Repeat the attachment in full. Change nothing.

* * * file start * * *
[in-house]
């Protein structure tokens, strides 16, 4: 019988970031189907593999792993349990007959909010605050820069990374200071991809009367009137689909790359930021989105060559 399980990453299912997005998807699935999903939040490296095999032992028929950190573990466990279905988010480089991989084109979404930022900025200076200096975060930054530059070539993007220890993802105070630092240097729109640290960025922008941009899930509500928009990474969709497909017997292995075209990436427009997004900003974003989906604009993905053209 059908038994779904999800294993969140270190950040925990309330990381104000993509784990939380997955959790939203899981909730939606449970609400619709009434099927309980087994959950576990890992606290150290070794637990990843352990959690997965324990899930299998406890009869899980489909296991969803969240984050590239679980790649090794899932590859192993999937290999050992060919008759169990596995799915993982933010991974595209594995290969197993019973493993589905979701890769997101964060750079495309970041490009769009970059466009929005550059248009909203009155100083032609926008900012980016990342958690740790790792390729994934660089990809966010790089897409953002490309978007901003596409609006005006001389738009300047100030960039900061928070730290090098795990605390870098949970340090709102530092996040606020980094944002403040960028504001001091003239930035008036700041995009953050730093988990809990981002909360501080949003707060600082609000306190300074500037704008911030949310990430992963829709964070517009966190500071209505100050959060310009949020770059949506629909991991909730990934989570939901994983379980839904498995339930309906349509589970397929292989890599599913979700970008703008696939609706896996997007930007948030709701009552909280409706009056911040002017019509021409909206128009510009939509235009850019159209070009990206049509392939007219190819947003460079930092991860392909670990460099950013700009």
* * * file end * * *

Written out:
[in-house]
């Protein structure tokens, strides 16, 4: 019988970031189907593999792993349990007959909010605050820069990374200071991809009367009137689909790359930021989105060559 399980990453299912997005998807699935999903939040490296095999032992028929950190573990466990279905988010480089991989084109979404930022900025200076200096975060930054530059070539993007220890993802105070630092240097729109640290960025922008941009899930509500928009990474969709497909017997292995075209990436427009997004900003974003989906604009993905053209 059908038994779904999800294993969140270190950040925990309330990381104000993509784990939380997955959790939203899981909730939606449970609400619709009434099927309980087994959950576990890992606290150290070794637990990843352990959690997965324990899930299998406890009869899980489909296991969803969240984050590239679980790649090794899932590859192993999937290999050992060919008759169990596995799915993982933010991974595209594995290969197993019973493993589905979701890769997101964060750079495309970041490009769009970059466009929005550059248009909203009155100083032609926008900012980016990342958690740790790792390729994934660089990809966010790089897409953002490309978007901003596409609006005006001389738009300047100030960039900061928070730290090098795990605390870098949970340090709102530092996040606020980094944002403040960028504001001091003239930035008036700041995009953050730093988990809990981002909360501080949003707060600082609000306190300074500037704008911030949310990430992963829709964070517009966190500071209505100050959060310009949020770059949506629909991991909730990934989570939901994983379980839904498995339930309906349509589970397929292989890599599913979700970008703008696939609706896996997007930007948030709701009552909280409706009056911040002017019509021409909206128009510009939509235009850019159209070009990206049509392939007219190819947003460079930092991860392909670990460099950013700009």